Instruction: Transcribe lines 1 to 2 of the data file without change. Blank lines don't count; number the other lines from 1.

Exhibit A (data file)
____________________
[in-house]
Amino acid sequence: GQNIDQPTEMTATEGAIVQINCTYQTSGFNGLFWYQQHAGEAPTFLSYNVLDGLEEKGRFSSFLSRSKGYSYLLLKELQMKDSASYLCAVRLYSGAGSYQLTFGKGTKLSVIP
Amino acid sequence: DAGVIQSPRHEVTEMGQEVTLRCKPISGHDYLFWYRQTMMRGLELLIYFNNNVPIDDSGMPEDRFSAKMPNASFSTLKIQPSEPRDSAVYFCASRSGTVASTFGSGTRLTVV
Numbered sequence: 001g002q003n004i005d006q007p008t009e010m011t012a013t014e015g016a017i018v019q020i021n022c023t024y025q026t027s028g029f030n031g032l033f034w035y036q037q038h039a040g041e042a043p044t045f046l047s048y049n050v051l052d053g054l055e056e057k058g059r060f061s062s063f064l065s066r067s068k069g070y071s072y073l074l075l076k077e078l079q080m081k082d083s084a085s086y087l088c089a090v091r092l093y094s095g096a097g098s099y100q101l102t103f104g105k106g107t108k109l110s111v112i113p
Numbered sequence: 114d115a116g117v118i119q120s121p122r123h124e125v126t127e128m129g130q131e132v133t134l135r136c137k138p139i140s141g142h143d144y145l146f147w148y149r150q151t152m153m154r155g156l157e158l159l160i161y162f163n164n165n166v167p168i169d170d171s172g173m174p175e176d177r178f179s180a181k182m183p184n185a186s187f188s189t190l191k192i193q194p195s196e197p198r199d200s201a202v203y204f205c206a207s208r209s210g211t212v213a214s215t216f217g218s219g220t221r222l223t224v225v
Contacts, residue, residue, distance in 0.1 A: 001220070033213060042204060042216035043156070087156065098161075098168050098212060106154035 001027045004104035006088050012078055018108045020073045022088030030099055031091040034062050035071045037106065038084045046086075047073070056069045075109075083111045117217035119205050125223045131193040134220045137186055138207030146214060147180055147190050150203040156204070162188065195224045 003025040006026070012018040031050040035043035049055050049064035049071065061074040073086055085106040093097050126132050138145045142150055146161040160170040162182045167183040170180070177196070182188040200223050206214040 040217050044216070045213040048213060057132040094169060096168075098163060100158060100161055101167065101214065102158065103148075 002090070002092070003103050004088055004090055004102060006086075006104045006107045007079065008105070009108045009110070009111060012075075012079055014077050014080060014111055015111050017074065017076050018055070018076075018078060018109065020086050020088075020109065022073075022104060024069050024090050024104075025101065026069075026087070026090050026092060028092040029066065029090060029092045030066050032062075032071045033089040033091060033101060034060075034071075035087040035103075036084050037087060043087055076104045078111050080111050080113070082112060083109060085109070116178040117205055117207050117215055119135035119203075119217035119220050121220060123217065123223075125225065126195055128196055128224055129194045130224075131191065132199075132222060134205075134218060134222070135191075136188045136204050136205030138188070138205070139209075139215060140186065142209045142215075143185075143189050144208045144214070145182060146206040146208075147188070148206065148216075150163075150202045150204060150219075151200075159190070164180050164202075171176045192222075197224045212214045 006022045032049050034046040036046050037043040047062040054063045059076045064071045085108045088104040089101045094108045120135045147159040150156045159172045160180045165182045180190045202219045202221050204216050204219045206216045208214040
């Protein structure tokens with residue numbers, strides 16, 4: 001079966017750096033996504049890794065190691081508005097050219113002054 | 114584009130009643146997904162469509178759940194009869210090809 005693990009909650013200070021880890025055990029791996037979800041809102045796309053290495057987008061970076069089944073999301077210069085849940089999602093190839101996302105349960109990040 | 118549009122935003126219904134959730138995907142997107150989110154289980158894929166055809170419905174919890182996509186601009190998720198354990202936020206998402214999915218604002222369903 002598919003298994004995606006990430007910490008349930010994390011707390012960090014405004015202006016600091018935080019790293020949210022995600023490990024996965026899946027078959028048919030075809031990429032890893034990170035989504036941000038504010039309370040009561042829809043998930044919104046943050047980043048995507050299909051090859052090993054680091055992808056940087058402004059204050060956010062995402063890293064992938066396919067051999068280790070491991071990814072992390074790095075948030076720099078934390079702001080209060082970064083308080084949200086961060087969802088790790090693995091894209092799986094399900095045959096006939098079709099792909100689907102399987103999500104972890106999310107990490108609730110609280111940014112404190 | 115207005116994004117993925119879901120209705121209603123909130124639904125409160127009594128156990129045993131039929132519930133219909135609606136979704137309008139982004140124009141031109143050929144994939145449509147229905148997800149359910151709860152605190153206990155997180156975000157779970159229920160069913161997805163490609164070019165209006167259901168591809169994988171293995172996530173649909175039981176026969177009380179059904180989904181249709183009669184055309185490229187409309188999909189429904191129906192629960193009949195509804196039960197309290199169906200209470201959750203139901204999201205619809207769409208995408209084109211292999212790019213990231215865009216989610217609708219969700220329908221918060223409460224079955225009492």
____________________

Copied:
[in-house]
Amino acid sequence: GQNIDQPTEMTATEGAIVQINCTYQTSGFNGLFWYQQHAGEAPTFLSYNVLDGLEEKGRFSSFLSRSKGYSYLLLKELQMKDSASYLCAVRLYSGAGSYQLTFGKGTKLSVIP